Northhampton (Mass.) police say a woman "has been cited for running down a man named Lord Jesus Christ as he crossed a street... on Tuesday."
According to the Associated Press: "The 50-year-old man is from Belchertown. Officers checked his ID and discovered that, indeed, his legal name is Lord Jesus Christ. He was taken to the hospital for treatment of minor facial injuries."
The woman is being charged with "failure to yield." Seems to me they might want to add "attempted deicide" to the indictment.
Joseph Wesley Postell, assistant director of the Heritage Foundation's Center for American Studies, has a pretty good piece in the Washington Times today on the decline of constitutionalism and the rise of the administrative state:
The Founders confronted a basic problem: How to vest government with sufficient power to get things done without giving it the instruments to exercise tyrannical control? To protect individual liberty and rights, they established (among others) two basic principles at the center of our constitutional order: representation and the separation of powers. To assure that government operated by consent, they provided that those responsible for making laws would be held accountable through elections. Moreover, legislative, executive and judicial power would be separated so those who made the laws were not in charge of executing and applying them.
Our modern administrative state violates these principles. That also is by design, courtesy of the progressives - the original architects of the administrative state. Progressives such as Woodrow Wilson disdained the idea of government "by the people" and sought to replace it with government by the experts. Wilson complained of America's "besetting error of ... trying to do too much by vote." "Self-government does not consist in having a hand in everything," he argued.
Postell argues, in brief, that conservatives need to do a better job explaining to the public the evils of the administrative state and develop a roadmap for restoring representative government and separation of powers, rightly understood.
"The question is not necessarily how to make government smaller," Postell writes, "but how to get it back under popular control and accountability."
(Hat tip: Julie Ponzi at No Left Turns.)
(Cross-posted at Freedom Pub.)
That 1,000-point drop on Wall Street today? Guess how it happened?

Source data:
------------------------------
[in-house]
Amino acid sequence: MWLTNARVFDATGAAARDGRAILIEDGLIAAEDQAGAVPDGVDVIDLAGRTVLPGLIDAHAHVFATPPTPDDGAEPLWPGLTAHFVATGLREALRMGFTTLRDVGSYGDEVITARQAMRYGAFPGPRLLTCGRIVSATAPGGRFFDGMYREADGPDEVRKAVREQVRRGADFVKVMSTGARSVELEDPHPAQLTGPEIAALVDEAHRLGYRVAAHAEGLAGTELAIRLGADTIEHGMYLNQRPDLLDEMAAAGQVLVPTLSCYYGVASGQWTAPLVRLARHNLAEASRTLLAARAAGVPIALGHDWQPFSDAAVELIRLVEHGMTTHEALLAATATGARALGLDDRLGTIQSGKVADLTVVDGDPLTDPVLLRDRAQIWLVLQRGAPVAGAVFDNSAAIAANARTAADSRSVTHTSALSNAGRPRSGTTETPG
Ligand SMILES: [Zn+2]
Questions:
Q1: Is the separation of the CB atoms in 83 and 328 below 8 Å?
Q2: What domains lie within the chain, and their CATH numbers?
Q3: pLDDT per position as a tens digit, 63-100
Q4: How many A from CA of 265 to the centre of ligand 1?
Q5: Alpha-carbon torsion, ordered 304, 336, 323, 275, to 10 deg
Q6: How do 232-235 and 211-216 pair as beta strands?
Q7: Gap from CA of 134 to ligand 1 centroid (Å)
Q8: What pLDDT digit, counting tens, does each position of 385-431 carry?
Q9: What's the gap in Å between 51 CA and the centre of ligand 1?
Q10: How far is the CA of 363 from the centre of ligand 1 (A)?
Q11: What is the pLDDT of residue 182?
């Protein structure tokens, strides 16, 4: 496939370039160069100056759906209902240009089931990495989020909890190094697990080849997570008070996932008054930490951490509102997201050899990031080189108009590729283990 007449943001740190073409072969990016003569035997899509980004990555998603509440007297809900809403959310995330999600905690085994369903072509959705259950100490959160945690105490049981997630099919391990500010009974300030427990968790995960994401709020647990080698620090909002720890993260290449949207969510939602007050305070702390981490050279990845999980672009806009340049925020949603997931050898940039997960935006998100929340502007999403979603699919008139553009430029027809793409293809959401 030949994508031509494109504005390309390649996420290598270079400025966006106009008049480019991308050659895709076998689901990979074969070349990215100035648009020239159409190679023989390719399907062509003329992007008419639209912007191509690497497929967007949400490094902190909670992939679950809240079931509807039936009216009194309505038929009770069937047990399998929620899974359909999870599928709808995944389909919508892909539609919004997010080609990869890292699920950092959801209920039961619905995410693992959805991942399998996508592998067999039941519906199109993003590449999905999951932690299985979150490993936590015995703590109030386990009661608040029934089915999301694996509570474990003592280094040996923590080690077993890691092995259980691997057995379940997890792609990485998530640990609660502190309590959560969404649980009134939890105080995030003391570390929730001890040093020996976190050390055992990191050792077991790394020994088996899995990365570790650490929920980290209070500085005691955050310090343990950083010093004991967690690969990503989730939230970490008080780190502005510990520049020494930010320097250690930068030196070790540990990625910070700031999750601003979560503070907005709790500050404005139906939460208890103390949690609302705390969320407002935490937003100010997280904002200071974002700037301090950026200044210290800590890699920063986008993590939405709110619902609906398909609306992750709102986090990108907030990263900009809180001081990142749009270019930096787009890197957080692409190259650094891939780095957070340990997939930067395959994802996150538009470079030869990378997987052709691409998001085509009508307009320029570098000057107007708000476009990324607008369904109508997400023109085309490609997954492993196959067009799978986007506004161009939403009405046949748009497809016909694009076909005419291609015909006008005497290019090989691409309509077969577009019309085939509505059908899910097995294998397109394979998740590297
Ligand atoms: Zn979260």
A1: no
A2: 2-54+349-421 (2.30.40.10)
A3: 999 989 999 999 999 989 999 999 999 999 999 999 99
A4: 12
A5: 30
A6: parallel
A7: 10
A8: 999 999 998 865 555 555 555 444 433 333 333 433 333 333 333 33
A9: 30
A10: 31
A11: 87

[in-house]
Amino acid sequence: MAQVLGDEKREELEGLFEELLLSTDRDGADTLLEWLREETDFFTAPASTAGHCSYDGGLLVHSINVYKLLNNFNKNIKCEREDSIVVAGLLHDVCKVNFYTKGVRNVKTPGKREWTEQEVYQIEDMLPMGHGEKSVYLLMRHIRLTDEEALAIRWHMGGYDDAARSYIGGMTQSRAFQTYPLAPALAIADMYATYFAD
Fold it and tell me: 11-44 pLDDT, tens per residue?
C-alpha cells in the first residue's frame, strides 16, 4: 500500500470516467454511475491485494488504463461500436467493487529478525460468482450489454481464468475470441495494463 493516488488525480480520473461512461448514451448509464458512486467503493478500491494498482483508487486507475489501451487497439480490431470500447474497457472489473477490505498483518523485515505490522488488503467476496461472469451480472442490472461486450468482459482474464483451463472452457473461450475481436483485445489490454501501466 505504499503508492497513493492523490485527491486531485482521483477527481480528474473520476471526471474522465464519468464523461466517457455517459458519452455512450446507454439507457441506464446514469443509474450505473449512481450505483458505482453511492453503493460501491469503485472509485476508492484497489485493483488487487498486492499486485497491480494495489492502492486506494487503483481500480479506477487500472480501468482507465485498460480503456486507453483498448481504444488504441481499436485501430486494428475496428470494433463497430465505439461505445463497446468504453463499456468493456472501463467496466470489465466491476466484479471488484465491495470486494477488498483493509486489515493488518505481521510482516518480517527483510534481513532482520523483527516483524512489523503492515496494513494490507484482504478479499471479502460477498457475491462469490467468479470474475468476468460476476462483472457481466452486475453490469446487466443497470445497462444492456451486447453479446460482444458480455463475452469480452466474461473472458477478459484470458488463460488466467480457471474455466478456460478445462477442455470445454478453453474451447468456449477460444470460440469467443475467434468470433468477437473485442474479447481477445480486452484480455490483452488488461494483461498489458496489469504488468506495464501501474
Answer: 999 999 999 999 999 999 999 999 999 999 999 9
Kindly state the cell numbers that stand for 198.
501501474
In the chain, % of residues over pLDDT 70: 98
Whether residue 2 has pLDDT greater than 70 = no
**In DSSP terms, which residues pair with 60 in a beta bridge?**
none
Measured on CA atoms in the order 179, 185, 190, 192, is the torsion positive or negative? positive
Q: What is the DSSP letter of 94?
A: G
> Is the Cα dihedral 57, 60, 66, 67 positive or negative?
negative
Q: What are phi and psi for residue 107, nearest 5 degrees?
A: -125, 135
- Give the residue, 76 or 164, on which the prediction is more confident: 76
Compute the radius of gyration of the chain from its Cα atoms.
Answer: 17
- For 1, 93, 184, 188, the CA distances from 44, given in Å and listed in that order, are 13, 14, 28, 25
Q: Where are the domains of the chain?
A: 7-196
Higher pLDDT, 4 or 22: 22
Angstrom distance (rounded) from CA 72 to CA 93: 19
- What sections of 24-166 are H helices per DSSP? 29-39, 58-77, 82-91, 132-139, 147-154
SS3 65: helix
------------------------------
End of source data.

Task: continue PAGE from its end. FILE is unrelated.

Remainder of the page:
In one of the most dizzying half-hours in stock market history, the Dow plunged nearly 1,000 points before paring those losses in what possibly could have been a trader error. According to multiple sources, a trader entered a “b” for billion instead of an “m” for million in a trade possibly involving Procter & Gamble [PG 60.75 -1.41 (-2.27%) ], a component in the Dow.
That set off a chain-reaction panic on trading floors. As Daniel Foster at National Review noted:
P&G's 37 percent nosedive was only responsible for 172 points of the 992.60 the Dow lost in the slump. The rest was market reaction — and part of that was computerized and automated.
You know, capitalism and free trade generally make a lot of sense. But our current method of allocating capital -- Wall Street being the big mover in that process -- keeps finding new ways to make itself look dangerously insane. Terminator was about how computers and robots set off an apocalyptic attack on humanity; turns out they don't need nuclear weapons to do that, just mindless programming instructions to start selling if somebody else is selling -- even if that sale is the result of a "fat finger" typographical error. Holy crap.
That's the theory floated by Sports Illustrated writer David Epstein, in an interview with neuropsychologist Dr. Jordan Grafman -- Roethlisberger, after all, has suffered four concussions on the football field during his NFL career.
According to Grafman, two particular behaviors are endemic to people with moderate or severe frontal lobe injury, or to people with more mild but repetitive injury: 1) violating social rules by saying inappropriate things, and 2) saying appropriate or typical things in an inappropriate context.
"If you're married and you're flirting with another woman in an elevator with your wife next to you," Grafman says, "that's the kind of clearly inappropriate behavior." Roethlisberger is not married, but one man told me that Roethlisberger had asked out his wife while the man was present.
Granted, as Grafman notes, "we all say inappropriate things sometimes," but "it's the frequency with which it happens, and the unawareness. When you have a frontal lobe injury in particular, you often become unaware of your inappropriate behaviors. The observations usually come from wives or children." A typical situation in my reporting last week was something like this: I would hear that Roethlisberger had, for example, said inappropriate things to waitresses at a restaurant or walked out on a bill, so I would call the establishment. "I don't know if he walked out on a tab here," would be a typical response from whoever picked up the phone, "but he was really rude to my friend after he invited her over to his table." Tales of indecorous acts abounded.